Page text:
I’ll go further and argue that this is just one more step in the alarming sell-off of America’s assets to the highest bidder, whether it’s faculty positions at public universities, unlimited corporate spending on electioneering (see Citizens United decision), private control of voting technology, or privatizing a variety of other services that are central to any enlightened modern civilization and should be operated for the public good, not for profit.

    In short: We are on a high-speed train to plutocracy, and plutocracies have little use for academics who don’t invent something that can be sold for a profit.

  9. Patrick says:

    On a second read of the article in question, this passage describes exactly what I was talking about re: George Mason and the Mercatus Center:

    The big exception has been George Mason University, a public university in Virginia which has received more than $30 million from Koch over the past 20 years. At George Mason, Koch’s foundation has underwritten the Mercatus Center, whose faculty study “how institutions affect the freedom to prosper.”

  10. Admin says:

    Todd Finkelmeyer at the CT has just elaborated on this story with numerous quotes from UW-Madison sources: http://host.madison.com/ct/news/local/education/campus_connection/article_0607209a-7b58-11e0-8606-001cc4c03286.html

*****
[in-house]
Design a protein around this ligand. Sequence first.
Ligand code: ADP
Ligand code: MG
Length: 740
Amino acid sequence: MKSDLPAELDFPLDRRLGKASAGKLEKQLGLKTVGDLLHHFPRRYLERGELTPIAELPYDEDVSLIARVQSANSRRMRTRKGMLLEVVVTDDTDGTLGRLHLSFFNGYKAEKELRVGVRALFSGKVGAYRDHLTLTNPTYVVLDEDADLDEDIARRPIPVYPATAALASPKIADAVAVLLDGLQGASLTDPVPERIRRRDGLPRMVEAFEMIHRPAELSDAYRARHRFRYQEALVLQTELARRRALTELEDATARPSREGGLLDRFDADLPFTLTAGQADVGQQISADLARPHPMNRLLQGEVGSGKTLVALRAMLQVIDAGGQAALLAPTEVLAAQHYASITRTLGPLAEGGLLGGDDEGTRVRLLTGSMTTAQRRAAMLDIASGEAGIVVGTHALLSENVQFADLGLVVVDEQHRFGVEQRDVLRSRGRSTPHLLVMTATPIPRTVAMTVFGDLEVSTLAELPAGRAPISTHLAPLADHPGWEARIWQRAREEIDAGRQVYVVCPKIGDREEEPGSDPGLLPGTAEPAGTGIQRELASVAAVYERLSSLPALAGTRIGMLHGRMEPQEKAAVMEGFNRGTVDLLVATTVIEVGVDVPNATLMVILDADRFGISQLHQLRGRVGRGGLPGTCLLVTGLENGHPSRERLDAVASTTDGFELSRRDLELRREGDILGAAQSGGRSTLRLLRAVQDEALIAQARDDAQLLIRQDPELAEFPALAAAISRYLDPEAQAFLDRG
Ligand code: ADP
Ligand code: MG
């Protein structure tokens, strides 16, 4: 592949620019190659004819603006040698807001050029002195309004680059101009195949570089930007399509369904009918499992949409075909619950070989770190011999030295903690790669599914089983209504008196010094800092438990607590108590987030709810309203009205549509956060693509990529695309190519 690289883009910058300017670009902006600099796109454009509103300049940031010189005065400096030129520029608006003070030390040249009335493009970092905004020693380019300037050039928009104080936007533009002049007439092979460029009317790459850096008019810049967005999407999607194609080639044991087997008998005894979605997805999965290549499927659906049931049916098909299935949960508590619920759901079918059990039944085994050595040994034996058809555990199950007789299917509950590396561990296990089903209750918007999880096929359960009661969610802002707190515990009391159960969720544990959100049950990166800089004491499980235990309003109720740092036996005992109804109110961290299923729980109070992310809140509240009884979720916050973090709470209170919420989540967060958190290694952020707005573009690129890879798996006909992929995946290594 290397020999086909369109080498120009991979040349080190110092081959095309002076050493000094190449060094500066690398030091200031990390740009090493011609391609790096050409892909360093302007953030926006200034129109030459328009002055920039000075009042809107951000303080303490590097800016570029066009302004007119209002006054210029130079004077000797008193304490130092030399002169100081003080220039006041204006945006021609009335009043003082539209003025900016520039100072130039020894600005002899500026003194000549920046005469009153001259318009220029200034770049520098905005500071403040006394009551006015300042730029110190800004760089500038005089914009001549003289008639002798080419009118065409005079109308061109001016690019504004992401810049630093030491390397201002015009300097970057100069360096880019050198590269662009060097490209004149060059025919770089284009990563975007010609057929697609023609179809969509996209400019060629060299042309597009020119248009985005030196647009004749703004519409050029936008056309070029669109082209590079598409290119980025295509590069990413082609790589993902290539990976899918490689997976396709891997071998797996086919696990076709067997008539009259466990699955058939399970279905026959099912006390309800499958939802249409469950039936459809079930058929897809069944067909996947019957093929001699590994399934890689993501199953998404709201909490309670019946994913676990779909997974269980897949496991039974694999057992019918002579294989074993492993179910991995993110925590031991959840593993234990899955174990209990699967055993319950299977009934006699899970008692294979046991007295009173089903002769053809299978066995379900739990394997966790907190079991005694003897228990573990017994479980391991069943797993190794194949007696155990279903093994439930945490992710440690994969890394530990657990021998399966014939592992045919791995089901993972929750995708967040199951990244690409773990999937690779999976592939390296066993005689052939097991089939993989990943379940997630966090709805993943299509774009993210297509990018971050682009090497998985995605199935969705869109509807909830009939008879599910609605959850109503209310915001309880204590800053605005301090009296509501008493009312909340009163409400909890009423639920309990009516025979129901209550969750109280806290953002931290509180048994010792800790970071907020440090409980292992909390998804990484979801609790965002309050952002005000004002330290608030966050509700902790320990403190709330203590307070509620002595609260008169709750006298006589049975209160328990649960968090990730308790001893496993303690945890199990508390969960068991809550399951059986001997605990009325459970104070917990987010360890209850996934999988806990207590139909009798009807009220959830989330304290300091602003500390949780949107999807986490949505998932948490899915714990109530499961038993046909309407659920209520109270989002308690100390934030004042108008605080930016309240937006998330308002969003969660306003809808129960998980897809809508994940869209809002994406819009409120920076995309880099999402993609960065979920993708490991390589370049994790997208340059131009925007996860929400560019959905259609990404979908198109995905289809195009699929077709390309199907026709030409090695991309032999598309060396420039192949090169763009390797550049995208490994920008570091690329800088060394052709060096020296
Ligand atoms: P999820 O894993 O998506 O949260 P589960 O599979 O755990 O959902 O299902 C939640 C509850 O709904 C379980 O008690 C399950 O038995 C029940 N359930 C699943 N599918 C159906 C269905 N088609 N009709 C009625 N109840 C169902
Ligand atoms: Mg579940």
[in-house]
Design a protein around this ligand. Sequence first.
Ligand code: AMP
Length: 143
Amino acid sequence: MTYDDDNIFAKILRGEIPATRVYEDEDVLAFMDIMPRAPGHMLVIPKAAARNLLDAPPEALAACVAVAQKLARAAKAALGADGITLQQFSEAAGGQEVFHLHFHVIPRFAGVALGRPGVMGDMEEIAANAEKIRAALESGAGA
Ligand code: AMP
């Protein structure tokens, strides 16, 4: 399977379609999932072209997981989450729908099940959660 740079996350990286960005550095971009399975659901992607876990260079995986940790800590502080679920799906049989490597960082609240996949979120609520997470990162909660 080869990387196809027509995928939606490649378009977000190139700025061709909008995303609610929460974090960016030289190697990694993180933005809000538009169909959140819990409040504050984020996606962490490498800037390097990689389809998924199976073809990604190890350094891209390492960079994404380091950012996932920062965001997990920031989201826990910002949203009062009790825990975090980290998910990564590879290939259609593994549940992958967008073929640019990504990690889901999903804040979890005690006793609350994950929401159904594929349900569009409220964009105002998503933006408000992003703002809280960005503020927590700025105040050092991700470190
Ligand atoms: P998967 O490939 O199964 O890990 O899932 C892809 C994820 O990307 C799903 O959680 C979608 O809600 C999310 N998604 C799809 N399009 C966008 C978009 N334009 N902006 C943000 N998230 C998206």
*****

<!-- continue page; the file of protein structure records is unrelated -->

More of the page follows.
11. Admin says:

    New info on the FSU case. Its president, Eric J. Barron, disputes claims about the Koch Foundation controlling hiring:

    http://www.tampabay.com/opinion/columns/fsu-advisory-board-appointed-by-koch-foundation-isnt-hurting-academic/1169246

  12. Admin says:

    New York Times weighs in on the same general issue: http://economix.blogs.nytimes.com/2011/05/12/buying-influence-at-universities/

    “More recently, in January, the University of Connecticut made headlines after a donor asked for his $7 million gift back because the school had not included him in its search for a new football coach.”

  13. Pingback: Defending the Kochs’ Donation to FSU Economics

  14. Pingback: What’s the Matter with Koch U? | The EduOptimists